About 120km south of Florence, removed from the more industrialized areas in the north, is the prestigious wine zone of Montelcino. In 1980, Brunello di Montelcino was the very first wine zone in Italy to receive the exclusive DOCG (Denominazione di Origine Controllata e Garantita) quality designation.
Montalcino is one of the driest and warmest wine zones in Tuscany, where the grapes mature up to a week earlier than in other areas. Much smaller in size than the Chianti, Montalcino still possess a wide range of soil types, from limestone to clay to volcanic. This diversity results in a range of flavors and characteristics, adding to the complexity of the resulting Brunello wines.
The word Brunello is the diminutive of bruno, brown in Italian, and was the vernacular name given to the favorite local grape. In 1879 testing eventually proved that the Brunello grape was actually a large-berried form of Sangiovese, Sangiovese Grosso, and officials designated that the name Sangiovese should be used.
Evidence of red wine production in the Montalcino area dates back to the early 14th century. In the mid 1800s, records exists that mention Brunello wines as being prized particularly highly. These wines were a blend of Sangiovese and other grapes, which were all mixed together prior to fermentation. At this same time, a local farmer, Clemente Santi, began focusing on producing a 100% varietal wine, using only Sangiovese. His grandson, Ferruccio Biondi-Santi, a solider who fought under Garibaldi during the Risorgimento, returned home to take over the family business, and produced the first modern version of Brunello di Montalcino, aging it over a decade in wooden barrels.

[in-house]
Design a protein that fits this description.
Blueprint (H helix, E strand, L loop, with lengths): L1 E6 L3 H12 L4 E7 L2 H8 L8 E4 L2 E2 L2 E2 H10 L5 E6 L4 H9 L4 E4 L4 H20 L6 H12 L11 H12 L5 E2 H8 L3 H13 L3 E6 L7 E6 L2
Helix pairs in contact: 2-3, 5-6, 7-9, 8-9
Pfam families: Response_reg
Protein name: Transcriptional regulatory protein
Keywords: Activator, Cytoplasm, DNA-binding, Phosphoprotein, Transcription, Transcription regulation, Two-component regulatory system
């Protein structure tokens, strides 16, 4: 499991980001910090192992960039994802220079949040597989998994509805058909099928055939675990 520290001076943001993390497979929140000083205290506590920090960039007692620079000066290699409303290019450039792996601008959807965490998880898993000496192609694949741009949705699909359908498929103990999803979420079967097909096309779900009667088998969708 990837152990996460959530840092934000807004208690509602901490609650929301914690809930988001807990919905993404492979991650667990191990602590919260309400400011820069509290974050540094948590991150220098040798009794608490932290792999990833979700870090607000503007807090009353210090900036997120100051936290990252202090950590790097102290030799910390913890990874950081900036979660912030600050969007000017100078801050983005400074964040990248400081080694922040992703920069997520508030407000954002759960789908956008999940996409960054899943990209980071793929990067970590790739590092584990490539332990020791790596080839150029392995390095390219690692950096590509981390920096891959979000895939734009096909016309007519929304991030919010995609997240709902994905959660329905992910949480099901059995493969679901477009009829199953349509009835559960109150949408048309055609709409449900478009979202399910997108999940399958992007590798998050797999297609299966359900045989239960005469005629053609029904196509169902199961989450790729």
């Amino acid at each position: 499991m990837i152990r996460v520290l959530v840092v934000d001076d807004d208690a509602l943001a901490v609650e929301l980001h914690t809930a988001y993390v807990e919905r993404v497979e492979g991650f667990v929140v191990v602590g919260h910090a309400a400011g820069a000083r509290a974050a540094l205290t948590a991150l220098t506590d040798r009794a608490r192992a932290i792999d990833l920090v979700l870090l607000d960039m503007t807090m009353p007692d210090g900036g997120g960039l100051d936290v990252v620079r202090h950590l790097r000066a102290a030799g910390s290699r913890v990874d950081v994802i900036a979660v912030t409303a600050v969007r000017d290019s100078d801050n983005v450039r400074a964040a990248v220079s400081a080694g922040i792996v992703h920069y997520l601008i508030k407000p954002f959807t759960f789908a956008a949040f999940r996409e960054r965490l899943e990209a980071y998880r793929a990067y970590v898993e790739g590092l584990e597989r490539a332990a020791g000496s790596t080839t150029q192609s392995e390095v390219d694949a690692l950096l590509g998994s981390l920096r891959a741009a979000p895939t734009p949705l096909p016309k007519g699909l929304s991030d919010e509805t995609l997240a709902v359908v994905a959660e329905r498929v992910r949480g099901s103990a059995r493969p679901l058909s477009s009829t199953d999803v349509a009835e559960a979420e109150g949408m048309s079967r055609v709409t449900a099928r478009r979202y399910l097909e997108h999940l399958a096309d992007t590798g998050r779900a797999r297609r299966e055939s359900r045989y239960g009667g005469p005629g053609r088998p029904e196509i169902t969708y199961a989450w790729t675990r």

By the end of World War II, Biondi-Santi’s Brunello di Montalcino wines had earned a reputation as a highly prized wine. At that time, Biondi-Santi was the only commercial producer, but as demand for these rare wines increased, other winemakers entered the market. Today, there are around 200 producers, mostly smaller farmers and family estates.
According to DOCG regulations, Brunello must be made from 100% Sangiovese grapes, and aged for at minimum four years, at least two of which must be in oak, and at least 4 months in the bottle before release. A minimum of five years aging is required for Riserva wines.
Brunello di Montalcino wines are typically a bright ruby red color, turning more garnet with age. It exhibits very pleasant aromas of dark berries, chocolate and tobacco, with notes of floral and vanilla. This is an elegant, full-bodied wine, very well structured with a nice amount of tannins, one that will age beautifully.